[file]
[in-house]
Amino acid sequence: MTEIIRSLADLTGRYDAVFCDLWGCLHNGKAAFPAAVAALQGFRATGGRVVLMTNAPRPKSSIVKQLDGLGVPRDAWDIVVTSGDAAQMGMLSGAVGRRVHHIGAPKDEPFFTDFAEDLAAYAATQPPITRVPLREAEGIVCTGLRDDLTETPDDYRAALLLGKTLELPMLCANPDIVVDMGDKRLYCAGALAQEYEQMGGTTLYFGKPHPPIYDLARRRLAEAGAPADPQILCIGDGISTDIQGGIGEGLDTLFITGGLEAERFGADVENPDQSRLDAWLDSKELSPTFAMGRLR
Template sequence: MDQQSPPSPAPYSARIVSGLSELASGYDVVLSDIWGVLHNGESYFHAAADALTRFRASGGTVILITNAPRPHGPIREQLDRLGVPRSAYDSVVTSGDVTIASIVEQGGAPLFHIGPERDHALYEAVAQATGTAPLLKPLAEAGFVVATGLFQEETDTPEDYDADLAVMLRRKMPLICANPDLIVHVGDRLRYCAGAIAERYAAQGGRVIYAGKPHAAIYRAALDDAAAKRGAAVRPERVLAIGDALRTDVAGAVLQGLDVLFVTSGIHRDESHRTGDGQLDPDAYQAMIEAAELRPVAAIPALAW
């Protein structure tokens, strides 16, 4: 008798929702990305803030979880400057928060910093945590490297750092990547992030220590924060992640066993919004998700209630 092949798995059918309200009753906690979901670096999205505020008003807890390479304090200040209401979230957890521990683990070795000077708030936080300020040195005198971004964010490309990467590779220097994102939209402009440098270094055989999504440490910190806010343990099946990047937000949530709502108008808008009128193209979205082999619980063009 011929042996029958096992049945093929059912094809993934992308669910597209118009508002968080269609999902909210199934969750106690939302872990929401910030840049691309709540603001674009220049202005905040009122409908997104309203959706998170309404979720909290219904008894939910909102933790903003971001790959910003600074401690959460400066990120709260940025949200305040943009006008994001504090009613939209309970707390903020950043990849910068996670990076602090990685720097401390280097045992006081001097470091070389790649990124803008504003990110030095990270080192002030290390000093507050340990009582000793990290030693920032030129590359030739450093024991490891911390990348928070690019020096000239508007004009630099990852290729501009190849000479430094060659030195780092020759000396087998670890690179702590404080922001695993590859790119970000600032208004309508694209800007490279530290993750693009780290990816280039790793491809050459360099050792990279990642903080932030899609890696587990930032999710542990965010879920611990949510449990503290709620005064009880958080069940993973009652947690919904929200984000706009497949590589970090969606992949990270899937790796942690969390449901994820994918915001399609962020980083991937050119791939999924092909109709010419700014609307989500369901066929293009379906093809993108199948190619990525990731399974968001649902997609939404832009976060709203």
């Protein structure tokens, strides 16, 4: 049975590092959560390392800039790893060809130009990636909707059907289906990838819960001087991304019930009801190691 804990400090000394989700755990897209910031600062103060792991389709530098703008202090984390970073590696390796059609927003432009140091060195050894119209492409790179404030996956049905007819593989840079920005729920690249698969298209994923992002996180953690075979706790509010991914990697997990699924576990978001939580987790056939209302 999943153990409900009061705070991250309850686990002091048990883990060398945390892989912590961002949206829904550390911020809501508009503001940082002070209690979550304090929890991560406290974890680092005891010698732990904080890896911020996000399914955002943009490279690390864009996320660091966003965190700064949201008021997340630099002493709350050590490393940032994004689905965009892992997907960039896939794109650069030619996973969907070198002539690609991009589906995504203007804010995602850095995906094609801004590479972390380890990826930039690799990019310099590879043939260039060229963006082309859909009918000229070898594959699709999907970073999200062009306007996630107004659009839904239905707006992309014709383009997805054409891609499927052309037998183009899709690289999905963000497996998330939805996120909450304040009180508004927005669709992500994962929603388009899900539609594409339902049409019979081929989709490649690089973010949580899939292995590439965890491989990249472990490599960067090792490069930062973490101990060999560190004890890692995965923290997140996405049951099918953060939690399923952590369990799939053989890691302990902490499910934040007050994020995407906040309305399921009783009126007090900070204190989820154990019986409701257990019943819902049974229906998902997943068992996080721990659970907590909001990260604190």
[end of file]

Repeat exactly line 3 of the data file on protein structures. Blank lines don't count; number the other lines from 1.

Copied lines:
Template sequence: MDQQSPPSPAPYSARIVSGLSELASGYDVVLSDIWGVLHNGESYFHAAADALTRFRASGGTVILITNAPRPHGPIREQLDRLGVPRSAYDSVVTSGDVTIASIVEQGGAPLFHIGPERDHALYEAVAQATGTAPLLKPLAEAGFVVATGLFQEETDTPEDYDADLAVMLRRKMPLICANPDLIVHVGDRLRYCAGAIAERYAAQGGRVIYAGKPHAAIYRAALDDAAAKRGAAVRPERVLAIGDALRTDVAGAVLQGLDVLFVTSGIHRDESHRTGDGQLDPDAYQAMIEAAELRPVAAIPALAW